If the 3d printer is primarily intended for home use, then it might be worth paying a little more for one that offers Wi-Fi or Ethernet connectivity to allow printing directly from an SD card without being tied down by USB cables. This can be especially useful if multiple users need access to the machine. However, suppose it’s going to be used in a business setting where security and reliability are paramount. In that case, Wi-Fi or Ethernet connectivity could increase the chance of an unauthorized person hacking into it or disrupting its operation.

3. Effectiveness

3d printed teeth

Larger build volumes can mean less chance of wasting expensive filament. The build volume is defined as the maximum size of an object that the 3d printer is capable of making, not its physical dimensions. A larger build volume means fewer limitations when trying to make different objects, but it’s important not to buy a machine with too much extra space if small models are all that will be made.

4. Resolution

Working 3d printer

The quality of 3d prints is related to the resolution of the printer, defined as the smallest distance the printer can move between steps while building an object. The higher the resolution, the more detailed models can be printed and the smoother their surfaces will be. Suppose it’s only ever going to be making models for rapid prototyping. In that case, it’s often better to opt for a higher resolution rather than one that can also make more significant objects.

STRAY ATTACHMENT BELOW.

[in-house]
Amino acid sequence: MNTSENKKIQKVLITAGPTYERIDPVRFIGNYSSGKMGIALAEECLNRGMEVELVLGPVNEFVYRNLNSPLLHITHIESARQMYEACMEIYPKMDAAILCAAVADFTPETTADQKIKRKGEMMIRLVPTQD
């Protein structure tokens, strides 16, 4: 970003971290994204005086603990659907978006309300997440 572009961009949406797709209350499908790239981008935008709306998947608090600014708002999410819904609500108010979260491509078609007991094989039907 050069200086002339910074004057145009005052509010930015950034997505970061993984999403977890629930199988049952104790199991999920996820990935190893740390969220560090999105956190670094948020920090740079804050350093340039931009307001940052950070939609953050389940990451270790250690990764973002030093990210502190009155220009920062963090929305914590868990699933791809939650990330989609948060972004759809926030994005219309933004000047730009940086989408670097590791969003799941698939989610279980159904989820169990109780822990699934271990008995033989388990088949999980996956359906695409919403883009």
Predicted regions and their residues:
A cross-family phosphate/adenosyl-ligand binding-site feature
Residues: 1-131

5. Price and Availability of Accessories

Some 3d printers use filament cartridges to feed the material through the machine; others can use spools. The filament will need replacing each time the printer runs out of material, so it will be easier to keep printing if unspooled filament can be purchased. This will need to be stored carefully and protected from damage though because even small amounts of dust or debris can cause problems later on.

6. Design

If the 3d printer is designed to make high-quality prototypes, then it’s important to consider how durable and sturdy the components of the printer will be. Scrapes and bumps could cause problems further down the line. As such, steel or aluminum parts should offer more reliable results than plastic components that can warp or break over time.

7. Versatility

man working on 3d printer

It’s important to remember that 3d printers aren’t just limited to making plastic models. Filament and resin options allow for objects and materials such as wood and ceramics to be printed at a lower cost than if they were bought from a shop. This is likely to expand further over time, allowing people the chance to print out anything from jewelry to shoes, tables and chairs.